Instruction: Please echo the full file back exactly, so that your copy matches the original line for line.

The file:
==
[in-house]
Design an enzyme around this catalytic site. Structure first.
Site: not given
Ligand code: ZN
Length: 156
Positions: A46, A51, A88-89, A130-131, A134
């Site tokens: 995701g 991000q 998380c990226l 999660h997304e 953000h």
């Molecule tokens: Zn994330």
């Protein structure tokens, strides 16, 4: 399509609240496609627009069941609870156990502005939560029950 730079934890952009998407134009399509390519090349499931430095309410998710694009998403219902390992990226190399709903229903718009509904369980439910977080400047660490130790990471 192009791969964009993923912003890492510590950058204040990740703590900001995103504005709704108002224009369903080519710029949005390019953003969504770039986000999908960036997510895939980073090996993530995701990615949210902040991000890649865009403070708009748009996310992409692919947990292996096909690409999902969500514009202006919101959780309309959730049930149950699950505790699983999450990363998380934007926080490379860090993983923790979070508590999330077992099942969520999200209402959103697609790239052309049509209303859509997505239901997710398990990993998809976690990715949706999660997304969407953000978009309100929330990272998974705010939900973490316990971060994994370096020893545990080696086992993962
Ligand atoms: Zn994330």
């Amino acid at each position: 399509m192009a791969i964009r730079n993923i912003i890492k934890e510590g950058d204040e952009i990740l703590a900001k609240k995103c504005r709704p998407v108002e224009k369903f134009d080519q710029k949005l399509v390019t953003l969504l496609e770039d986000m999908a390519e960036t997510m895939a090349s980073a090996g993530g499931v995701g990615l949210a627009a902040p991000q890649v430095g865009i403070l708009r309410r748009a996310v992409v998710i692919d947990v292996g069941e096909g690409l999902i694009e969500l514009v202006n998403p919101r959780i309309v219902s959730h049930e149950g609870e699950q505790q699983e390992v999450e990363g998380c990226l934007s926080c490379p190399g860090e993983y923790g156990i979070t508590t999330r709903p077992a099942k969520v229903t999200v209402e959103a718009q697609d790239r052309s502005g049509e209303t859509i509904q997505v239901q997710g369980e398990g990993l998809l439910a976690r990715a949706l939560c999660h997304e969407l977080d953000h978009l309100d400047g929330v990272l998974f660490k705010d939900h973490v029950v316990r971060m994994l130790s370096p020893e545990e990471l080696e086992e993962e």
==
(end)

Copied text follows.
[in-house]
Design an enzyme around this catalytic site. Structure first.
Site: not given
Ligand code: ZN
Length: 156
Positions: A46, A51, A88-89, A130-131, A134
């Site tokens: 995701g 991000q 998380c990226l 999660h997304e 953000h």
């Molecule tokens: Zn994330």
């Protein structure tokens, strides 16, 4: 399509609240496609627009069941609870156990502005939560029950 730079934890952009998407134009399509390519090349499931430095309410998710694009998403219902390992990226190399709903229903718009509904369980439910977080400047660490130790990471 192009791969964009993923912003890492510590950058204040990740703590900001995103504005709704108002224009369903080519710029949005390019953003969504770039986000999908960036997510895939980073090996993530995701990615949210902040991000890649865009403070708009748009996310992409692919947990292996096909690409999902969500514009202006919101959780309309959730049930149950699950505790699983999450990363998380934007926080490379860090993983923790979070508590999330077992099942969520999200209402959103697609790239052309049509209303859509997505239901997710398990990993998809976690990715949706999660997304969407953000978009309100929330990272998974705010939900973490316990971060994994370096020893545990080696086992993962
Ligand atoms: Zn994330």
């Amino acid at each position: 399509m192009a791969i964009r730079n993923i912003i890492k934890e510590g950058d204040e952009i990740l703590a900001k609240k995103c504005r709704p998407v108002e224009k369903f134009d080519q710029k949005l399509v390019t953003l969504l496609e770039d986000m999908a390519e960036t997510m895939a090349s980073a090996g993530g499931v995701g990615l949210a627009a902040p991000q890649v430095g865009i403070l708009r309410r748009a996310v992409v998710i692919d947990v292996g069941e096909g690409l999902i694009e969500l514009v202006n998403p919101r959780i309309v219902s959730h049930e149950g609870e699950q505790q699983e390992v999450e990363g998380c990226l934007s926080c490379p190399g860090e993983y923790g156990i979070t508590t999330r709903p077992a099942k969520v229903t999200v209402e959103a718009q697609d790239r052309s502005g049509e209303t859509i509904q997505v239901q997710g369980e398990g990993l998809l439910a976690r990715a949706l939560c999660h997304e969407l977080d953000h978009l309100d400047g929330v990272l998974f660490k705010d939900h973490v029950v316990r971060m994994l130790s370096p020893e545990e990471l080696e086992e993962e």